A young group of people are mysteriously texted an address for an unknown party. When they arrive, the address takes them to a dilapidated mansion with innards displayed as if time has ceased to exists. When the group tries to leave, all the doors to the outside won’t open, condemning them to the horrors of a magician’s vengeful spirit and his very large and frightening assistant who looms around the mansion’s endless corridors. As the group continues to butt against each other in distress and disbelief, one-by-one they fall victim to the magician’s gruesome parlor tricks behind every door and the only way out of the mansion may be dependent on their families’ legacies.
With a premise similar to the 1999 remake of “House on Haunted Hill” where a group of people are mysterious invited to a creepy house and end up in a death trap, I wouldn’t say director Kennedy Goldsby’s “Death’s Door” aka “The Trap Door” is entirely, 100 percent unique. In fact, much of the film is undeniably the same compared to William Malone directed remake, yet less entertaining and without an all-star cast and a vaster budget. “Death Door” lures with the headliners of more attractive and experienced stars with the Jamaican-born movie and television actor Obba Babatundé and the “Friday” franchise actor, and overall a big, badass monster of a man, Tommy “Tiny” Lister. Yet, like most smaller projects, I’m sure Obba’s and Tiny’s handful of scenes were the majority of the budget pie, leaving a few dollar bills at the bottom of the barrel for special effects that were desperately needed for a film about a ghoulish magician.
The effects were completely inadequate and can’t even equate to the same stature used for “House on Haunted Hill.” Off screen deaths, quick edits and cuts, camera angles, shoddy CGI, the over use of red tints, shaky camera, flash backs, and a prop skeleton tried to sell plausibility when really just added to absurdity. Aside from the lackluster effects, the Goldsby penned script logically doesn’t flow and fails to develop acts. While seeking for an exit, separate groups of characters aimlessly wander the house, trying door after door, and then the next scene could be one of those characters mixed in with another separate group, creating some continuity confusion. Also, much of the script settles to a stagnate, housing an unnecessary long montage of the group being bored, napping, looking glum, or walking from one part of the room to another. To put the cherry on top, a random nude scene is oddly inserted into a montage into the magician backstory portion. There’s no telling who the naked breasts belong to or why they’re naked to even begin with as the exploitive and titillating shot crops out the head and the setting is awfully generic, not placing the body in any familiar surroundings related to the mansion.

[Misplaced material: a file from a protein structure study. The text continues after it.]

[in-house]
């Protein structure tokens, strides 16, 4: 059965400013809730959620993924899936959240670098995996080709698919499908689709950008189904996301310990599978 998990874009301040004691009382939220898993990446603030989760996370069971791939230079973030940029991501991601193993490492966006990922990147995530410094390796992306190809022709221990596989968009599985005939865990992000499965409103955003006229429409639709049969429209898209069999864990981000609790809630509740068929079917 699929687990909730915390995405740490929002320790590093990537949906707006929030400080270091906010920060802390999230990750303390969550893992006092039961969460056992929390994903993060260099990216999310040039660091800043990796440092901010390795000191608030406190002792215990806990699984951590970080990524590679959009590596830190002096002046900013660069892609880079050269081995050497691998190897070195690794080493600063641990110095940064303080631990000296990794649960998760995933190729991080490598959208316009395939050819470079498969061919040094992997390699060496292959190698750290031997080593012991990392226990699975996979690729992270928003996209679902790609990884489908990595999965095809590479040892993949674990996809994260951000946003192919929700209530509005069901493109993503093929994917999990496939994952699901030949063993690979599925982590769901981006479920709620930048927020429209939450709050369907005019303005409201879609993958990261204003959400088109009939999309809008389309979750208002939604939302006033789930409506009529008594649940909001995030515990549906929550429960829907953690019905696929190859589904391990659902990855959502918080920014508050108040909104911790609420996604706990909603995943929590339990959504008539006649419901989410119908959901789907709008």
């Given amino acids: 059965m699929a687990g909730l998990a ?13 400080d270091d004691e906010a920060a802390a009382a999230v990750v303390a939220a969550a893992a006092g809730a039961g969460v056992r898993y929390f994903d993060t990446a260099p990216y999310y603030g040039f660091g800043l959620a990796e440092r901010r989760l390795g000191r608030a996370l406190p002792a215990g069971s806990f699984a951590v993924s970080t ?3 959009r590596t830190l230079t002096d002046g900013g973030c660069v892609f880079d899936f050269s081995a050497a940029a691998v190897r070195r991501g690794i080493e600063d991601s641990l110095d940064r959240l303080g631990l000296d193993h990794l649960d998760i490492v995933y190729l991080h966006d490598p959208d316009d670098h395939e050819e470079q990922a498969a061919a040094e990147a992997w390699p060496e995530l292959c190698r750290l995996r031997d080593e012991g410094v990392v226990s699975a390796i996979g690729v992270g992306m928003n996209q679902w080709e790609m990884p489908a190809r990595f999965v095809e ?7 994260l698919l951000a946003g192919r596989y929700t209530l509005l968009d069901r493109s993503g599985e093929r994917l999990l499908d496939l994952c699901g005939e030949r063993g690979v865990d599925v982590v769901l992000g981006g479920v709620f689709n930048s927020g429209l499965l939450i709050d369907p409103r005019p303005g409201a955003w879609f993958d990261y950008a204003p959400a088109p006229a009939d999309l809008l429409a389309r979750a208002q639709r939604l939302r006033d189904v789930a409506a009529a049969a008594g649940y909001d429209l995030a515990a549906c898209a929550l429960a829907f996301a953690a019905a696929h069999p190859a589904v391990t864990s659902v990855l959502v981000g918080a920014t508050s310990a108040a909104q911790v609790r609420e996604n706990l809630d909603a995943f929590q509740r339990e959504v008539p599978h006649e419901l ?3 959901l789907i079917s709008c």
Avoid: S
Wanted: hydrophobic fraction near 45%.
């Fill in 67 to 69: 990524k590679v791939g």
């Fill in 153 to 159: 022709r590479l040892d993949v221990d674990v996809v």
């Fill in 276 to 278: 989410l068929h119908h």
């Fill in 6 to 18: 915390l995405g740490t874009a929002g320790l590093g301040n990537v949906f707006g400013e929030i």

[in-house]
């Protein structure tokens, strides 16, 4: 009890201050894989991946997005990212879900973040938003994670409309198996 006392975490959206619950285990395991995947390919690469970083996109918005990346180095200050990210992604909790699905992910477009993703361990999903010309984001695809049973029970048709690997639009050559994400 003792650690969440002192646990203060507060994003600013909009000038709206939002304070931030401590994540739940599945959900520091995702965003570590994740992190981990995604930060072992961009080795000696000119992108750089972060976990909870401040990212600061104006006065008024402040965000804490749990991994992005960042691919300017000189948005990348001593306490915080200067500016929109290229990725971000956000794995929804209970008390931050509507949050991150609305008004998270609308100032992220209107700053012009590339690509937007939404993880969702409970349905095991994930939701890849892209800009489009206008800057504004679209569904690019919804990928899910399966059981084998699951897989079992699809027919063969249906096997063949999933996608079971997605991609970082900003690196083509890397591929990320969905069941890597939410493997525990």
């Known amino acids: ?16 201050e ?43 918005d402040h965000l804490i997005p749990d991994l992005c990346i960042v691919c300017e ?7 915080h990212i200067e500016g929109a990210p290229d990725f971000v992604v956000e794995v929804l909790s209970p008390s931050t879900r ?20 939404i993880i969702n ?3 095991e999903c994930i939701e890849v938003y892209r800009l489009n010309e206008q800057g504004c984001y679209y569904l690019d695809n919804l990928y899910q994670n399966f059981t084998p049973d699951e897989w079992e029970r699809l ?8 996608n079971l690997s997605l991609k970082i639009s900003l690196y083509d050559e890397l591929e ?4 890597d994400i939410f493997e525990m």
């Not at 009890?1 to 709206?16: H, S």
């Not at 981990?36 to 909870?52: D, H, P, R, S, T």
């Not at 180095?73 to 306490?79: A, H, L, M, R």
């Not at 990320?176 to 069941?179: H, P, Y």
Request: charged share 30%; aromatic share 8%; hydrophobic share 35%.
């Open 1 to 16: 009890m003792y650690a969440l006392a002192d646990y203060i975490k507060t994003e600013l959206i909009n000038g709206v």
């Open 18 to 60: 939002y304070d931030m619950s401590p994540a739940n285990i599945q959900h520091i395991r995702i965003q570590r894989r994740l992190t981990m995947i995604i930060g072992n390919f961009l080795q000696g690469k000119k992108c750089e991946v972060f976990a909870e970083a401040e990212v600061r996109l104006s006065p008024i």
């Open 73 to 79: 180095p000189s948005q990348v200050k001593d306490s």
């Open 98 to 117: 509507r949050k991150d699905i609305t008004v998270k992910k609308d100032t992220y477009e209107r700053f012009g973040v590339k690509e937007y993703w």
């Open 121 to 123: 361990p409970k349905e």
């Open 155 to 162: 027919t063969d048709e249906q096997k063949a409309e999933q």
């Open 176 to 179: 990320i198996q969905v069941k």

I will say that very few of the acting skill sets were not at a total loss. The fast-talking, wise-crackin’ Bruce played by Chico Benymon was entertaining; the character’s angst-fllled stand-up-comic style character goes against the grain, fleeting any ideas of ghosts or any form of malevolency. Tommy “Tiny” Lister is always top notch. The big man doesn’t even have to say a word and he’s downright menacing, even if his character, Jomo, stuffs emotionless Latina’s into tight spaces and fails to soil the pants of the mansion’s guest when quietly walking around them. Sarah Wagenvoord, who I was hoping had the mysterious naked breasts scene due to her massive…well, you know, should have played a more prominent role du in part to her character’s outcome. Actors Michael Bernardi, Felix Ryan, and Danielle Lilley maintained an average performance through a mirco-budget production. The rest foundered to capture any kind of terror or despair or just even trying to be a normal character, overacting the parts as if trying to put passion into reading straight from the script.
The video quality of the MVDVisual DVD comes with hardly any flaws in the video stock or any loss in the natural coloring. The stereo audio is a bit unbalanced between the LFE and the dialogue tracks, deducing to some loss dialogue over the pounding hammering sounds. The extras includes the Kennedy Goldsby directed music video of “Shorty Wassup” by Hip-Hop artist Sizzol Pop. The last piece of bonus material is a behind-the-scenes featurette from the actual haunted house set where the crew has personal encounters with the spirits. “Death’s Door” is a fools gold, a trap, that promises deadly snares, haunting ghoul, and many scares. The ending comes to a complete halt with only tall tales of what might have dastardly happened to most of the characters in the rickety mansion. I would recommend far better old mansion spook stories.